Consumer genetics company 23andMe gave a detailed look at the industry’s finances ahead of its public debut, and it’s not pretty.
23andMe went public via a reverse merger with Richard Branson’s blank-check holding company Virgin Group Acquisition Corp. on Thursday. The special purpose acquisition company IPO valued the 15-year-old company at $3.5 billion. That valuation increased when trading opened at $11.13 per share on Thursday, and has risen roughly 22% since opening as of publication.
“My priority is really the long term,” Wojcicki told Insider on Thursday. “The short term is obviously important for a lot of people, but everything that I do is focused on the long term. I’ve only looked at my stock price because I’ve been doing the news articles and people keep showing it to me.”
The filing gives the clearest glimpse yet behind the scenes of the consumer genetics industry, which has faced substantial headwinds and declining demand in recent years. In a conversation with Insider in February, 23andMe cofounder and CEO Anne Wojcicki said that the pandemic actually boosted the company’s business to 9.8 million cumulative genotyped customers at the end of fiscal year 2020, up from 7.8 million cumulative customers the prior fiscal year.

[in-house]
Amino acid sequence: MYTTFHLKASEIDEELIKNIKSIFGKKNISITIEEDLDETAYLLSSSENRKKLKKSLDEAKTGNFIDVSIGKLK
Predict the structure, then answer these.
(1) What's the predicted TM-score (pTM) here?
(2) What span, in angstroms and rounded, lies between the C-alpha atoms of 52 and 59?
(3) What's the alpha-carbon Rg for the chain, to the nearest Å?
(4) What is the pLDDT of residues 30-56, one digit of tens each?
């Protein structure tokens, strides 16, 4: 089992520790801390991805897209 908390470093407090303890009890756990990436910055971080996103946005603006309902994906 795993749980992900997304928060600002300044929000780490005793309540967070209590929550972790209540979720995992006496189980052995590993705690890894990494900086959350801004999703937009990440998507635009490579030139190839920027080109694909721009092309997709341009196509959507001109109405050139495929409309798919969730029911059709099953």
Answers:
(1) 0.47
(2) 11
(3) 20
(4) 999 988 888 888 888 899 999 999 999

However, its filing showed a steep decline in the company’s revenue during the same time period, indicating that even an increase in cumulative customers wasn’t enough to shore up its business
At $3.5 billion, 23andMe’s debut will be just the second-biggest SPAC-fueled public debut for a healthcare company to date behind Clover Health, which merged with investor Chamath Palihapitiya’s Social Capital Hedosophia Holdings in a $3.7 billion deal.
Its primary competitor Ancestry was purchased by private equity giant Blackstone in August for $4.6 billion.
Now, 23andMe will have to navigate five major hurdles as a public company. Insider read through its 323-page filing with the US Securities and Exchange Commission to identify where it continues to struggle.